Observing and monitoring Azure Cosmos DB with AppDynamics

August 24 2022
 

As organizations increasingly adopt cloud-first strategies, it’s important to have data stores that have internet-level scalability to power these cloud native applications. For applications running on Azure, the logical choice is Azure Cosmos DB.


With Azure Cosmos DB being a critical part of many cloud native applications, it is imperative to understand not only the performance metrics of Azure Cosmos DB but also which application components are communicating with Azure Cosmos DB and how.

Let me give you a brief introduction to Azure Cosmos DB and then a brief overview of how AppDynamics provides clear visibility into Azure Cosmos DB and how connected application services are utilizing it.

What is Azure Cosmos DB?

Azure Cosmos DB is a fully managed document database (NoSQL), purpose-built to back modern cloud native applications. It has its origins in 2010 as a part of “Project Florence” which sought to address the fundamental challenges that developers face in building applications at internet scale. Azure Cosmos DB was formally launched in 2017 to provide single-digit millisecond response times along with SLA-backed multi-region reads/writes and independent region-specific elasticity. Azure Cosmos DB has deep integrations with other Azure services (such as AKS, Azure Functions and Azure App Service) commonly leveraged when building out cloud native applications.

The data model for Azure Cosmos DB centers on storing items in schema-agnostic containers, with multiple containers being grouped together into databases. Each database container exposes a change feed that allows for tracking and management of changes. This change tracking makes it possible to create triggered events using Azure Functions to respond to insert and update operations.

Azure Cosmos DB exposes a Core SQL API with SDKs available in .NET, Java, Node.js and Python. In addition, Azure Cosmos DB exposes additional database APIs partially compatible with wire protocols for MongoDB, Cassandra, Azure Table Storage and Gremlin. By exposing these additional compatibility APIs, developers can utilize familiar SDKs when developing applications that connect to Azure Cosmos DB.

How AppDynamics Gives You a Clear View into Azure Cosmos DB

AppDynamics integrates with Azure Monitor via the AppDynamics Azure Monitor Extension to ingest Azure Cosmos DB metrics into the AppDynamics platform. Once these metrics are ingested into AppDynamics, they are treated the same as natively collected metrics within the AppDynamics platform: they are dynamically baselined to help identify trends, detect anomalous conditions and establish health rules.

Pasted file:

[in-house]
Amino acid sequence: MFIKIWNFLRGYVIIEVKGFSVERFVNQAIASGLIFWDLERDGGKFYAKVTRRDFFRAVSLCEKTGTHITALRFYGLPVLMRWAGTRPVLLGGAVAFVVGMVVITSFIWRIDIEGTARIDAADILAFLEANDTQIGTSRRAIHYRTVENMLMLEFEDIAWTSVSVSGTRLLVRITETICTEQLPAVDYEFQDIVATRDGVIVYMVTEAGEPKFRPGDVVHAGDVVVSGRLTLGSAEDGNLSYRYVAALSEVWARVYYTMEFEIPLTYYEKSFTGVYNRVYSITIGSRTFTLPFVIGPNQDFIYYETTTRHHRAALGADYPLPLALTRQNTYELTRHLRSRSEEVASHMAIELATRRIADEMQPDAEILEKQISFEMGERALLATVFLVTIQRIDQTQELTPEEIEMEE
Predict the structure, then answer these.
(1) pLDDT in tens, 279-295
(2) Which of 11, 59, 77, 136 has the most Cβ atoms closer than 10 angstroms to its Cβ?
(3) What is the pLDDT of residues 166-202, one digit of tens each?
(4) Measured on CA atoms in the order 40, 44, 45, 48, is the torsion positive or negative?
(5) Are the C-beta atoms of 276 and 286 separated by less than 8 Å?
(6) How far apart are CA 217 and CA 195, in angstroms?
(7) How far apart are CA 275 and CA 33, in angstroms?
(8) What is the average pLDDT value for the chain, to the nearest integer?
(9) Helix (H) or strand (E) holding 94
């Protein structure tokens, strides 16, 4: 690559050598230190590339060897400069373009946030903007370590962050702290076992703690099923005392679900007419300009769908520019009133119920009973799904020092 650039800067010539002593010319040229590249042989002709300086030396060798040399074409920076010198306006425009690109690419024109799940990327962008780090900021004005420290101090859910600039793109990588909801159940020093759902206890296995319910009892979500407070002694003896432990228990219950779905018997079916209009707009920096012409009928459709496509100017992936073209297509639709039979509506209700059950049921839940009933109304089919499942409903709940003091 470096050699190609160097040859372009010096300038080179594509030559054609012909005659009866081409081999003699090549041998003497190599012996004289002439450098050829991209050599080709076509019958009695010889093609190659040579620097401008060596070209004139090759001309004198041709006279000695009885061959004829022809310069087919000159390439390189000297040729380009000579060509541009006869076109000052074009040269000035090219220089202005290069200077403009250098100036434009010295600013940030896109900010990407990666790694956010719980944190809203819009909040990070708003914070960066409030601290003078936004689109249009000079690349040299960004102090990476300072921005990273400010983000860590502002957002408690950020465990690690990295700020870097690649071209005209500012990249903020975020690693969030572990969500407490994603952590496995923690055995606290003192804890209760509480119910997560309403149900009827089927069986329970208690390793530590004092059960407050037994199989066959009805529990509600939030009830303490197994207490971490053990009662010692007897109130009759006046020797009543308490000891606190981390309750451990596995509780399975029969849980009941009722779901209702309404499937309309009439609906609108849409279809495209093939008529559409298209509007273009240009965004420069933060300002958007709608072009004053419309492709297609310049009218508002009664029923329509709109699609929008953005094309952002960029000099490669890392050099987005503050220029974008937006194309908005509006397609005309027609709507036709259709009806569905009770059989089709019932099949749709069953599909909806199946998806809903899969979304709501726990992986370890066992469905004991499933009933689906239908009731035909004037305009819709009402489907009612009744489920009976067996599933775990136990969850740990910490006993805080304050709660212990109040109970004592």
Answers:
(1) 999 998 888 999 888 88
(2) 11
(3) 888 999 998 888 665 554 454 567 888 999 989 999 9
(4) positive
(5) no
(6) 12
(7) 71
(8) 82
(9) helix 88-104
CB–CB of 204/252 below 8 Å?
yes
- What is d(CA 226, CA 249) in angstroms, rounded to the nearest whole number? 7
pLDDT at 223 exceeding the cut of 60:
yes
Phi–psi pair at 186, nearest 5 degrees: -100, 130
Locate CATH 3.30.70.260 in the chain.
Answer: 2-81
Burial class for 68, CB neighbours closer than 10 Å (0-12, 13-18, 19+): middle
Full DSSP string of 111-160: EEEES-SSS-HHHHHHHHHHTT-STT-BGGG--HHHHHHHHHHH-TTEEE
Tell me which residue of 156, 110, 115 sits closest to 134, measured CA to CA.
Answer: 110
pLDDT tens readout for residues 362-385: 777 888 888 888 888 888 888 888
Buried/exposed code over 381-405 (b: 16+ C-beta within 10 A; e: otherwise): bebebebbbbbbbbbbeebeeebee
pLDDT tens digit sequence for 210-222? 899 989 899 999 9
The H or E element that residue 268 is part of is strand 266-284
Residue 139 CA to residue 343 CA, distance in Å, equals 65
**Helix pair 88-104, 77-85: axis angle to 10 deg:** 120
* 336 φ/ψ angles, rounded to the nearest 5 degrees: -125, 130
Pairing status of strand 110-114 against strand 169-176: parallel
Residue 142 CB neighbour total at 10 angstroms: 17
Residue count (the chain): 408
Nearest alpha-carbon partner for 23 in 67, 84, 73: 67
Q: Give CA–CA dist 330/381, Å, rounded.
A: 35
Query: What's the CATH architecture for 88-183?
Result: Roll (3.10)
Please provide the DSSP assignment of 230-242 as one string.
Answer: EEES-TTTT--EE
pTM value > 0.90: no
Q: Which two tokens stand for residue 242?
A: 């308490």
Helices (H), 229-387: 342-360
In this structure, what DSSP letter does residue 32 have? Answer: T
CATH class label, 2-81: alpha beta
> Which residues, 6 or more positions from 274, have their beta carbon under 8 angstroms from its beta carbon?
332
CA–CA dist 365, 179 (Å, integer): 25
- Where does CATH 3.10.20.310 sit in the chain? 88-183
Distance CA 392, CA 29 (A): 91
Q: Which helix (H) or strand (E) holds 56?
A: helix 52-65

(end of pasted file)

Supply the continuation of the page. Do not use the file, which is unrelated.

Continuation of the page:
Figure 1: A screenshot of Azure Cosmos DB metrics within AppDynamics

In addition to integrating with metrics via Azure Monitor, AppDynamics can also monitor and visualize how services are connecting to the MongoDB, Cassandra and Core SQL API endpoints exposed by Azure Cosmos DB.

For connecting to the Cassandra endpoint in Azure Cosmos DB, AppDynamics can visualize services that are connecting to that endpoint in the AppDynamics flowmap along with performance of calls to the Cassandra API endpoint.

Figure 2: AppDynamics flowmap showing service communication to Azure Cosmos DB via the Cassandra API

 

Figure 3: AppDynamics flowmap showing performance details for Azure Cosmos DB via the Cassandra API

AppDynamics can also surface up data pertaining to the CQL call being made by a service including the stripped-out CQL query, information around the host and port of the Azure Cosmos DB instance and the execution time of the query.

Figure 4: AppDynamics call graph showing details around a call to Azure Cosmos DB via the Cassandra API

 

AppDynamics also visualizes the same data points when connecting to the MongoDB API endpoint of an Azure Cosmos DB instance.

Figure 5: AppDynamics flowmap showing service communication to Azure Cosmos DB via Mongo API

 

Figure 6: AppDynamics flowmap showing performance details for Azure Cosmos DB via Mongo API

 

Figure 7: AppDynamics flowmap showing slowest calls to Azure Cosmos DB via Mongo API

When visualizing calls to the Core SQL endpoint of Azure Cosmos DB, AppDynamics represents the Azure Cosmos DB instance on the flowmap as a generic service. However, the connection is denoted as going to Azure Cosmos DB. Aside from that, AppDynamics surfaces up the same type of data for connections to the Core SQL endpoint as it does the other endpoints.

Figure 8: AppDynamics flowmap showing service communication to Azure Cosmos DB via Core API

 

Figure 9: AppDynamics flowmap showing slowest DB calls to Azure Cosmos DB via Core API

 

Figure 10: AppDynamics snapshot showing call to Azure Cosmos DB via Core API

 

Figure 11: AppDynamics call graph showing details around call to Azure Cosmos DB via Core API

See for yourself!

By combining Cosmos DB metrics from Azure Monitor collected by AppDynamics with the deep code-level visibility provided by AppDynamics, customers can observe what matters most to them. But don’t take my word for it — sign up for a free trial and see for yourself!

Wayne Brown is a Senior Solutions Engineer with AppDynamics. He has built more than 20 years of experience in software development, architecture, and consulting across a wide range of technologies, disciplines, and industries since graduating from Mississippi College with both a Master of Science and a Bachelor of Science. Wayne is based in Montana, and in his spare time keeps up his skills as a master certified BBQ judge.